More information

- Inside Team Denmark s Sports Psychology support

- Inside Team Denmark s Sports Psychology support The Sport Psychology Professional Model - Inside Team Denmark s Sports Psychology support The sports psychology profession in Denmark has been characterized by a diversity of approaches and has acted as

More information

Expected Competencies of graduates of the nursing program at Philadelphia University

Expected Competencies of graduates of the nursing program at Philadelphia University Expected Competencies of graduates of the nursing program at Philadelphia University Background Educational programs are prepared within the context of the countries they serve. They are expected to respond

More information

An Introduction to Motivational Interviewing

An Introduction to Motivational Interviewing AN INTRODUCTION TO MOTIVATIONAL INTERVIEWING For Non-Clinicians Kate Speck, PhD WHAT YOU WILL LEARN IN THIS SERIES This Webinar will review the basics of Motivational Interviewing and will provide an overview

More information

Rubric : WI School Psychologist

Rubric : WI School Psychologist Rubric : WI School Psychologist Diversity in Development and Learning Description: School psychologist has knowledge of individual differences, abilities, disabilities and other diverse student ; principles

More information

Chapter 2 Essential Skills for Case Managers

Chapter 2 Essential Skills for Case Managers Chapter 2 Essential Skills for Case Managers 2.1 Essential Skill Overview If you ask ten people what case management means to them, you will most likely get ten different answers. Though case management

More information

Addictions Foundation of Manitoba A Biopsychosocial Model of Addiction

Addictions Foundation of Manitoba A Biopsychosocial Model of Addiction Addictions Foundation of Manitoba A Biopsychosocial Model of Addiction Introduction Over the past fifteen years, various authors in the addictions field have proposed biopsychosocial (biological/ psychological/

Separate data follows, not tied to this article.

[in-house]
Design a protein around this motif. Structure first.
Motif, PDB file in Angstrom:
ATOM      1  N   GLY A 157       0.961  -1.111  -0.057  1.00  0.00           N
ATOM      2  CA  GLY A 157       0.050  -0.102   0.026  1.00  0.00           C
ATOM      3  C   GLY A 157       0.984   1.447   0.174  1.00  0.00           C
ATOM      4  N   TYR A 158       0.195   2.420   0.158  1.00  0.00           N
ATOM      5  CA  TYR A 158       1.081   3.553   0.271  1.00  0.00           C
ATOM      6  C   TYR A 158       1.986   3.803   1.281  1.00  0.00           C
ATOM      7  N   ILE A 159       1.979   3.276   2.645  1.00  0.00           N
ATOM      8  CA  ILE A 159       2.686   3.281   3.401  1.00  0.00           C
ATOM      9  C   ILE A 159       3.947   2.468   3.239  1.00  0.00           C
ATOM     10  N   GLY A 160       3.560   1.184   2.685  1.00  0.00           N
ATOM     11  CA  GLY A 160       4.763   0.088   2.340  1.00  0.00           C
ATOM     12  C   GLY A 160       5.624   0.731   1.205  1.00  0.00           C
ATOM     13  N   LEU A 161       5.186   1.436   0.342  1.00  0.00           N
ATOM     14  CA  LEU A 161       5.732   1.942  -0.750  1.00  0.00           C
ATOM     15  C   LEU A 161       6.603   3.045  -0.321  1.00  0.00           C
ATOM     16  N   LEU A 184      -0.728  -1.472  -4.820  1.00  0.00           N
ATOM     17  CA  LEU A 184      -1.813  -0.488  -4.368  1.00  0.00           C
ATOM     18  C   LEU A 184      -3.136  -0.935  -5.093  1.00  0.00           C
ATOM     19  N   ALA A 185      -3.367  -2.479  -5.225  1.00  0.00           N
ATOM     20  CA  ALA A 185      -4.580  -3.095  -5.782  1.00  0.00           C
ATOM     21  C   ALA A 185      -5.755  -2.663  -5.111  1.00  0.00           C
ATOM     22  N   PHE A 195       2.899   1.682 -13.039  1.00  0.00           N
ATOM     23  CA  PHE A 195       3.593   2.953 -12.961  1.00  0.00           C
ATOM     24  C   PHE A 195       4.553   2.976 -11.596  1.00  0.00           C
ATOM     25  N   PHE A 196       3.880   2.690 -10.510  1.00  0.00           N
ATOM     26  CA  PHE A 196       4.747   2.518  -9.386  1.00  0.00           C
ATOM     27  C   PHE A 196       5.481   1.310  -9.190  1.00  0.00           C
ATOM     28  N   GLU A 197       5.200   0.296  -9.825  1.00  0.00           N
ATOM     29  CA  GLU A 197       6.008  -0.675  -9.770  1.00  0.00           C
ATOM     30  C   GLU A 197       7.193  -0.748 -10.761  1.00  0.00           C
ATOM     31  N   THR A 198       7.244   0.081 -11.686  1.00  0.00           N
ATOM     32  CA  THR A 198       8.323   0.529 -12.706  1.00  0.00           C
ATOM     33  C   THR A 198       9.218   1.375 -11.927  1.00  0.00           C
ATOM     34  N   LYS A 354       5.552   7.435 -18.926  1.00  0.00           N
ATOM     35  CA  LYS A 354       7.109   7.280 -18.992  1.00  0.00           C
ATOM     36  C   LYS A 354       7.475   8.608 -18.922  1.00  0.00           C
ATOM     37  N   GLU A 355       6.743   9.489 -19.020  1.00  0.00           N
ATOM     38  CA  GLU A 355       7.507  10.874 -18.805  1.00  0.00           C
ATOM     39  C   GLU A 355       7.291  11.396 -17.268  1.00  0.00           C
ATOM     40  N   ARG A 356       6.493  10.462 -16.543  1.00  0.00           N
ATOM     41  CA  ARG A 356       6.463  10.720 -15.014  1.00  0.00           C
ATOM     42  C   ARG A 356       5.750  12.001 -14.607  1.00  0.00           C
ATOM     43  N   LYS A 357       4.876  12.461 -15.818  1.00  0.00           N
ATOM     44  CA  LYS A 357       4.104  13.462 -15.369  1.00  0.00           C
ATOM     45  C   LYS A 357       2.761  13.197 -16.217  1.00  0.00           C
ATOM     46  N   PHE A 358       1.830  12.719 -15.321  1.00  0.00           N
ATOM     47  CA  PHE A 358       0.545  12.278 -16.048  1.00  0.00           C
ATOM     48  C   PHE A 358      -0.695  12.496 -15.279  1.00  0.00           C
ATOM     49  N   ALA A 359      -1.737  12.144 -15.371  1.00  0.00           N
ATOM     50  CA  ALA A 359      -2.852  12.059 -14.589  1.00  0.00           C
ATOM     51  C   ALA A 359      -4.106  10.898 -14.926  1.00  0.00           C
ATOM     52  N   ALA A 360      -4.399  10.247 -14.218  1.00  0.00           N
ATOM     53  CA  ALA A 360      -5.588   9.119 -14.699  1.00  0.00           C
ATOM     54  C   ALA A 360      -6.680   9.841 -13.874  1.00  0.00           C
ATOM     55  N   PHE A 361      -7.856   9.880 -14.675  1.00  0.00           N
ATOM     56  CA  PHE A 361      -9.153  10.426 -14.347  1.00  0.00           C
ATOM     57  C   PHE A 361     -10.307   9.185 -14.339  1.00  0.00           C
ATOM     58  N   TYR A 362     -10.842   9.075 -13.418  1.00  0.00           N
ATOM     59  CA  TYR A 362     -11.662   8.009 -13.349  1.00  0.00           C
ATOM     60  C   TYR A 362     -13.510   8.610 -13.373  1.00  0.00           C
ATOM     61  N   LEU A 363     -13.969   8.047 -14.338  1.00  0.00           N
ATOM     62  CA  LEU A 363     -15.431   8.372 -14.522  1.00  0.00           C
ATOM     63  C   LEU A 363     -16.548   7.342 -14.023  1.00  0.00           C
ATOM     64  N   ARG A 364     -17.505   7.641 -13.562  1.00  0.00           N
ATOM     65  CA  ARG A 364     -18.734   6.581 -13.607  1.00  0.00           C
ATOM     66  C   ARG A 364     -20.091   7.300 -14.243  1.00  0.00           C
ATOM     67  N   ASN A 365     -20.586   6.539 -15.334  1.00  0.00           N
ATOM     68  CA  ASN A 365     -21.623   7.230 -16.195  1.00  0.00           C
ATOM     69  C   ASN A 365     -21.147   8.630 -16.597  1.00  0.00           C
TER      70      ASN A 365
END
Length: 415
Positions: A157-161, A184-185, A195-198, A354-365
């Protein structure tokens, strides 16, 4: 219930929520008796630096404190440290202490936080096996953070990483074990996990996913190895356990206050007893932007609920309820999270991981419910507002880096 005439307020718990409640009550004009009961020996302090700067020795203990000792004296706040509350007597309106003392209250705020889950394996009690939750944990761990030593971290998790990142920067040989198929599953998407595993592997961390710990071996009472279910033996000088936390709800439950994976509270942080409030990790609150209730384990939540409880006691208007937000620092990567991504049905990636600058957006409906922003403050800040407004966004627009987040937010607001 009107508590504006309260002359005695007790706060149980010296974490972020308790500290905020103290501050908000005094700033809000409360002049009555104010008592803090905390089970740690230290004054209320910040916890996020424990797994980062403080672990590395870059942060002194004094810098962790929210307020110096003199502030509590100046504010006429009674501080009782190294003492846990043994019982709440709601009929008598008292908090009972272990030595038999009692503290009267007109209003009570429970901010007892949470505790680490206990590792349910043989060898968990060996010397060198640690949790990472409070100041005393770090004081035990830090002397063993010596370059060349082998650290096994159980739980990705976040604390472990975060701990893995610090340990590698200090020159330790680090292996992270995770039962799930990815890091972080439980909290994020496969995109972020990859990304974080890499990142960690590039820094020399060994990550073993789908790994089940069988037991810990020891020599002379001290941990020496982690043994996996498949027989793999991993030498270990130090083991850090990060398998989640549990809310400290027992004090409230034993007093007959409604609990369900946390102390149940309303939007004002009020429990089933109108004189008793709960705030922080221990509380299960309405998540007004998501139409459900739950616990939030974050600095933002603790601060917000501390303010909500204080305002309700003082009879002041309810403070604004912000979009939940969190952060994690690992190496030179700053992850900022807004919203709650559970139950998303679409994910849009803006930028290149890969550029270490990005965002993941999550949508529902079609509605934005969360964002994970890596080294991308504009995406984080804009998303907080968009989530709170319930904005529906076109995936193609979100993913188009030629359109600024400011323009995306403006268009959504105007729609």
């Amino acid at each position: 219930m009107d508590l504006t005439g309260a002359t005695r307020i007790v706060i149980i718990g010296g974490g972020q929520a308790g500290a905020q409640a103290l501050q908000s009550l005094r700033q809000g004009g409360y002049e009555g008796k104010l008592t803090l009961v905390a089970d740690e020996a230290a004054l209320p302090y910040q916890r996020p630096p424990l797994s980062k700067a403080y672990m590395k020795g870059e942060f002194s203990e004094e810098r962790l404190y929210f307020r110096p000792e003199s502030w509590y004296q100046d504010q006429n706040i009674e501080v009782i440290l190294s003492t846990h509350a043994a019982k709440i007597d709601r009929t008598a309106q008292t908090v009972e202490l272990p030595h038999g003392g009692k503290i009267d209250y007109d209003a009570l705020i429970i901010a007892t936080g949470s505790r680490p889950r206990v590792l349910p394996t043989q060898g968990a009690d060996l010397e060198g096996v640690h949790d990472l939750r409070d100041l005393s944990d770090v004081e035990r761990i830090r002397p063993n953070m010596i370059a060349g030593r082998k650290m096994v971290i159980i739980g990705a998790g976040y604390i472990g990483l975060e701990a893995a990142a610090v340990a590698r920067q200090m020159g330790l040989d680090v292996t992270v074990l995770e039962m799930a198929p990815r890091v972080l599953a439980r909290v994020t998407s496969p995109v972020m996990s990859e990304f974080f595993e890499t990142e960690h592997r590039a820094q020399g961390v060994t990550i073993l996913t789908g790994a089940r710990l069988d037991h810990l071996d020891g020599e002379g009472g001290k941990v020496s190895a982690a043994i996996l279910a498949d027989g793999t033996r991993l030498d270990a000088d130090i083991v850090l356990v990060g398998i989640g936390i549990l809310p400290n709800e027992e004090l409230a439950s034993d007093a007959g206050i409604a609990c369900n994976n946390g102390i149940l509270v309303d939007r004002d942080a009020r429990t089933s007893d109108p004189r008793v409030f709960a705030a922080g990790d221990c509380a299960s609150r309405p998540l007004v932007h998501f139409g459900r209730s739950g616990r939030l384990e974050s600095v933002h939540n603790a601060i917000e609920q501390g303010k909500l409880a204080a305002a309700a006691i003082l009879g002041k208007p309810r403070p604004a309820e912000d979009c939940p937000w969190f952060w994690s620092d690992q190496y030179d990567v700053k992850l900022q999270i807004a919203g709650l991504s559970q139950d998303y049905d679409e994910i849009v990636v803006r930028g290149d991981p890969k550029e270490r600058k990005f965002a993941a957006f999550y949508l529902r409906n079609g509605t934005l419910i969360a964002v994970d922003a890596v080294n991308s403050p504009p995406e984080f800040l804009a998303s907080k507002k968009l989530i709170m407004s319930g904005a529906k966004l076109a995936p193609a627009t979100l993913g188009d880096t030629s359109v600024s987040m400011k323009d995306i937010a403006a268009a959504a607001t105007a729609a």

More information

Source- Illinois State Board of Education (www.isbe.net)

Source- Illinois State Board of Education (www.isbe.net) Wise Ways / Center on Innovation & Improvement CL17 Indicator: Professional development for teachers is determined by data (including classroom observations and review of lesson plans) that demonstrate

More information

Cork Education and Training Board. Programme Module for. Child Psychology. leading to. Level 6 FETAC

Cork Education and Training Board. Programme Module for. Child Psychology. leading to. Level 6 FETAC Cork Education and Training Board Programme Module for Child Psychology leading to Level 6 FETAC May 2012/June 2012 1 Introduction This programme module may be delivered as a standalone module leading

More information

Council on Social Work Education. Curriculum Policy Statement for Baccalaureate Degree Programs in Social Work Education

Council on Social Work Education. Curriculum Policy Statement for Baccalaureate Degree Programs in Social Work Education Council on Social Work Education Curriculum Policy Statement for Baccalaureate Degree Programs in Social Work Education B1.0 SCOPE AND INTENT OF THE CURRICULUM POLICY STATEMENT B1.1 This document sets

More information

National Standards. Council for Standards in Human Service Education. http://www.cshse.org 2013 (2010, 1980, 2005, 2009)

National Standards. Council for Standards in Human Service Education. http://www.cshse.org 2013 (2010, 1980, 2005, 2009) Council for Standards in Human Service Education National Standards ASSOCIATE DEGREE IN HUMAN SERVICES http://www.cshse.org 2013 (2010, 1980, 2005, 2009) I. GENERAL PROGRAM CHARACTERISTICS A. Institutional

More information

Physical Activity in the School Environment and the Community

Physical Activity in the School Environment and the Community Chapter 5 Physical Activity in the School Environment and the Community Chapter objectives: To briefly describe how our changing society is influencing the effect of schools on the behaviour of modern

More information

BOSTON UNIVERSITY SCHOOL OF PUBLIC HEALTH PUBLIC HEALTH COMPETENCIES

BOSTON UNIVERSITY SCHOOL OF PUBLIC HEALTH PUBLIC HEALTH COMPETENCIES BOSTON UNIVERSITY SCHOOL OF PUBLIC HEALTH PUBLIC HEALTH COMPETENCIES Competency-based education focuses on what students need to know and be able to do in varying and complex situations. These competencies

More information

Rehab and Beyond: Self- Determination to Continue

Rehab and Beyond: Self- Determination to Continue Rehab and Beyond: Self- Determination to Continue Change does not happen overnight, but how do we keep clients coming back long enough to experience the benefits from exercise? Most people begin an exercise

More information

Get Moving. Washington, DC: American Psychological Association, 2005. American